Mark McAdam, the perpetually almost-known songwriter meets me outside the Pink Pony Café on the Lower East Side. He’s smoking his “only cigarette of the day” he tells me. “That’s my problem,” he says, “I don’t have an artist’s temperament. I’m more like a cobbler—I like to tinker at stuff, all calm, collected. Which is kind of a shame.” He grinds the smoke out on his leather boot and asks if we might go inside. The butt is placed politely in the Bloomberg Bucket next to the door.
McAdam’s second solo album “Cavalcade” was a staple on the café’s jukebox when it came out in 2007. Many of its characters worked or ate here at the time. It’s a gorgeous album, if you care to indulge in it. The few critics who paid it attention fawned dutifully. It is, indeed a yeoman’s effort, a work of studious contemplation. “Aw, you know, breakups and indecision. Heartache and navel-gazing,” he says. In his defense, the record shows hints of brilliance with consistently engaging indie goodness.
Wearing the requisite skinny jeans and a herringbone blazer, McAdam looks exactly the part of an aging hipster. His hair is a perfect mess of angles, his eyes are wise and weary, and he wears the impish expression of someone who is endlessly amused. Americanos are ordered. “At some point, you realize that making up songs to sing is a really weird way to make a living,” he says, ignoring the obvious flirtations of the twenty-something waitress. “And intellectually I understand that the world may not in fact need any more music by aging white guys. But what the hell else am I going to do? I’m waist deep in it.”
McAdam seems convinced that being an accomplished musician almost guarantees that one will be completely ill-suited to the profession. “Brilliant folks have been dying penniless for centuries. “Mozart, Oscar Wilde, Edgar Allen Poe. I heard Sly Stone is living in his car! Who am I to complain?” Still, he mentions that there ought to be a class in eighth grade to warn kids about the dangers of being an artist. “Nobody ever tells you you need to be a complete asshole. Or that you’re supposed to have a cutthroat publicist, for that matter. You know who our system rewards? Snakes, sharks, and pigs.” For someone who counts a galaxy of stars (rock, movie, and otherwise) among his friends, he is remarkably circumspect. So much so, in fact, that one could get the impression he’s cultivating it to the point where writers might feel obliged to mention just how circumspect he is.
As a teenager, in coastal New Hampshire, McAdam whittled his chops listening to (and emulating) the songwriters of the time: The Replacements and Husker Dü, Prince and The Police. You can hear it in his dedication to song structure and thematic coherence. He prefers not to talk about his time in Los Angeles, where he fronted the “seminal Junk Rock band,” Sumack. They were heirs to the modest fortune alluded to by Beck and Cibo Matto without ever achieving the cult status of those bands. “We were trying awfully hard to be something,” he admits “and forgot what we were good at. Occasionally we reminded ourselves and made honest attempts to write, y’know, actual songs. But as often as not we got distracted by drum loops or a sample from an old Haunted House record. Now, I wait until a song refuses to leave my head for weeks before I even attempt to wrestle it into something listenable.”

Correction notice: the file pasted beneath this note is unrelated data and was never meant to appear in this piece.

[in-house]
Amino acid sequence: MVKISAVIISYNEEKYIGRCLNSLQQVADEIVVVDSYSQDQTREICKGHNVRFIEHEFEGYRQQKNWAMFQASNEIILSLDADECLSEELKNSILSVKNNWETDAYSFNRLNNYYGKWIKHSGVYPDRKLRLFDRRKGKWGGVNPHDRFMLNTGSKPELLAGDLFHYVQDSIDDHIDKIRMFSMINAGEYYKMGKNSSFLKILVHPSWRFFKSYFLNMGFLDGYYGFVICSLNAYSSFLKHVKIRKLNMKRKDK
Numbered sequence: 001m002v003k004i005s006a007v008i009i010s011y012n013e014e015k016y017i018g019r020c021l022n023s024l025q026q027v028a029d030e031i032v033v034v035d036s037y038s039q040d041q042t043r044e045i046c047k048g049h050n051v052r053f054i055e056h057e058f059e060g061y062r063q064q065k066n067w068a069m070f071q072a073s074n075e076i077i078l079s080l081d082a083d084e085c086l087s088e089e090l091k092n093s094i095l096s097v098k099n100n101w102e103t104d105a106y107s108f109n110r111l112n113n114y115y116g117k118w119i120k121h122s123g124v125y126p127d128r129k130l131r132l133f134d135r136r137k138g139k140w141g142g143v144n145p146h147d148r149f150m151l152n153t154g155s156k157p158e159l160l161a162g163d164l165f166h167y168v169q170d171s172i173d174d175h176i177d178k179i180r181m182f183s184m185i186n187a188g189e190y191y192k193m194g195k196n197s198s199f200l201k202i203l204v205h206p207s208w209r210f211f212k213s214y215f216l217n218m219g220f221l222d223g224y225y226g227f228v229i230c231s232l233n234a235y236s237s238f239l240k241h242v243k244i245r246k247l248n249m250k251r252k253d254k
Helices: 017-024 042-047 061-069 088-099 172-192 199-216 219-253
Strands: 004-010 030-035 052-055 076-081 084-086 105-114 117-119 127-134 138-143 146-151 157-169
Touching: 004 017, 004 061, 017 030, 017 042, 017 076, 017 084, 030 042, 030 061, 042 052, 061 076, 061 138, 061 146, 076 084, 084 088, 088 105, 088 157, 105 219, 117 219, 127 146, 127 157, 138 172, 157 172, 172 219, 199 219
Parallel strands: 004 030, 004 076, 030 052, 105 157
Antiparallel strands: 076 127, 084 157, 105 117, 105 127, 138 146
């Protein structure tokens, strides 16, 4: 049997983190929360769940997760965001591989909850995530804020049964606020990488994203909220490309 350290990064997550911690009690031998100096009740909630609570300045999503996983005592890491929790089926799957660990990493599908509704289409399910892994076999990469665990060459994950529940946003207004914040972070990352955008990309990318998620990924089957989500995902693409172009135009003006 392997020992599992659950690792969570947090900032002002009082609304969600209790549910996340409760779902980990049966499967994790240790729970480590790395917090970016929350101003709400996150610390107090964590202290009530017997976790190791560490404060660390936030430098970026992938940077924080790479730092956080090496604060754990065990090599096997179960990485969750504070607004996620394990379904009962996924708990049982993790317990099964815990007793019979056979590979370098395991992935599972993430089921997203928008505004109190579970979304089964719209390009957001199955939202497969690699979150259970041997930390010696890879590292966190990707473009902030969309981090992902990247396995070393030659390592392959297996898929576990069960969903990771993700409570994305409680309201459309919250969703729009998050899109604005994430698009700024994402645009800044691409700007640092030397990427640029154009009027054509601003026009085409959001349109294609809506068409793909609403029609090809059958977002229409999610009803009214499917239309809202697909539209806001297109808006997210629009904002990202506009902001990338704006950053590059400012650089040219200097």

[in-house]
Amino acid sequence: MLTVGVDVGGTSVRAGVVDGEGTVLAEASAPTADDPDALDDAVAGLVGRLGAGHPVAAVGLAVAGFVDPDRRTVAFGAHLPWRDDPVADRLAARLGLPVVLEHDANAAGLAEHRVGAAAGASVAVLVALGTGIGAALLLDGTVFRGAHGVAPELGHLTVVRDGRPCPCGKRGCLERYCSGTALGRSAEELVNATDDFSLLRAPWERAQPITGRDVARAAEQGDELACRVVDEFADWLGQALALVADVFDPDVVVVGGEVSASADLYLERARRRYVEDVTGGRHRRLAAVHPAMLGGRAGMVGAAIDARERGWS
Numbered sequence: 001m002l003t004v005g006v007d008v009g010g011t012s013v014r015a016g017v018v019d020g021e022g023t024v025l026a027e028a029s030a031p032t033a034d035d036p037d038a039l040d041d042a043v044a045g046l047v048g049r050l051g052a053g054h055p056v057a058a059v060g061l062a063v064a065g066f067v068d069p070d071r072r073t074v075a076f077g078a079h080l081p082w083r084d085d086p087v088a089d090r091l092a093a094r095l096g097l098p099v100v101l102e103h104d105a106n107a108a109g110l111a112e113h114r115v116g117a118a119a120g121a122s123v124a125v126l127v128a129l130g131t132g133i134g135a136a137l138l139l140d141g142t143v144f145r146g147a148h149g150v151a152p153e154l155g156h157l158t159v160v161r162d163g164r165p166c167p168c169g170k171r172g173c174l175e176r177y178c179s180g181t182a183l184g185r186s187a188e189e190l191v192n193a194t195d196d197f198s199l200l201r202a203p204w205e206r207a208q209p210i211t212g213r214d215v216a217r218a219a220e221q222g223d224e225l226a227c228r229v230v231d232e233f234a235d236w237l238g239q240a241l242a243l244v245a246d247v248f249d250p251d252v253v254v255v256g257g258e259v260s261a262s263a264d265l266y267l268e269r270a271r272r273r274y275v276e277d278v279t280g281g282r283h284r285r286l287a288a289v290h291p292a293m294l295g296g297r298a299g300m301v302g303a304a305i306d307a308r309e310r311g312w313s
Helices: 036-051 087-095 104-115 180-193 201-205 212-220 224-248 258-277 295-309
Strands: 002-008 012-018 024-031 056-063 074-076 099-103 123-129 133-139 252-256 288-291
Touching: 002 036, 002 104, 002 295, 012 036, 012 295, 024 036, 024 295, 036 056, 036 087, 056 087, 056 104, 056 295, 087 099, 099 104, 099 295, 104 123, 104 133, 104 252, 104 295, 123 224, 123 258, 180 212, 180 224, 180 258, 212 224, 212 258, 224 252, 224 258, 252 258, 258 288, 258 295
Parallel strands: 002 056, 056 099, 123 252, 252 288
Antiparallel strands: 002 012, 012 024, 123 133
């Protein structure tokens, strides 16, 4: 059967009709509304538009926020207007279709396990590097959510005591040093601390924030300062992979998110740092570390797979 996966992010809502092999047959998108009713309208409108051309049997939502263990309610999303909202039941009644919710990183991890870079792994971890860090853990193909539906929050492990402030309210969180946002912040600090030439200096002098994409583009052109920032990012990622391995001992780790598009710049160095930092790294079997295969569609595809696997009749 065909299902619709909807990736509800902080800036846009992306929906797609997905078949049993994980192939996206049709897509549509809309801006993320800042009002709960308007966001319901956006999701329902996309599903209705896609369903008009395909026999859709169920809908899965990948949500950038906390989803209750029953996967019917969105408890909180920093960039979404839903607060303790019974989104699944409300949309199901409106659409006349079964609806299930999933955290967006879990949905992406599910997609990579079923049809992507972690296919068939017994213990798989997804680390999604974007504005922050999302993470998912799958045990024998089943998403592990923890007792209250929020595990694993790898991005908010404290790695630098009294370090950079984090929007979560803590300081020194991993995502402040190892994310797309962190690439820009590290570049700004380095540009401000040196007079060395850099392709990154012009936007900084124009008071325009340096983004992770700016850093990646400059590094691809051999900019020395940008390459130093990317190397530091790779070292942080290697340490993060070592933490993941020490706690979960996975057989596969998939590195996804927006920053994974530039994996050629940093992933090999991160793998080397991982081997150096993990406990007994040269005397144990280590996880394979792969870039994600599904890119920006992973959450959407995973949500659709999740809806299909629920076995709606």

He further laments his stints as a sideman and a studio jock, even laughing at the opportunities to score art films and hit television series. “This is what we do,” he jokes. “We get old and the songs come slower and the rent gets more insistent. So we pick up a ukulele and score an iPhone commercial or two here and there. Or worse. But money buys you a little time to wander around and stare at shit, and kind sort through the your mess in your head, and let your synapses fire and appreciate, say, the dirt under your fingernails. The stuff that makes you want to write it down and leave it behind.”
It has started to rain by the time we head back out onto Ludlow Street. As we exit, I notice what is left on the table: the uneaten half of McAdam's tarte tatin and a self-consciously generous tip.
-We received this proof from a certain New York-centric magazine in 2011, but as far as we know, they never ran it.
A complete discography goes something like this:
Shimmers - 2016, Superhead Records
Paper Man Songs - 2010, Superhead Records
Are You Intereseted? (The Stevensons) - 2009, Superhead Records
Cavalcade - 2006, Superhead Records
Boy Wonder - 2002, Superhead Records
Mossback George EP (with Cranky George) - 2000, unreleased
Now Hear This (Sumack) - 1999, V2 Records
LP1: This is Junk Rock (Sumack) - 1998, Tainted Records
Buttery Hottcakes (Sumack) - 1996, Sunset & Main
Wave Motion EP (McAdam & Scratch) - 1995, Gilliland Records
Last Ditch Ditties - 1993, unreleased
Big Words - 1990, unreleased
Seven Songs (Third Party) - 1987, unreleased
Pack it Up EP (Tempest) - 1985, unreleased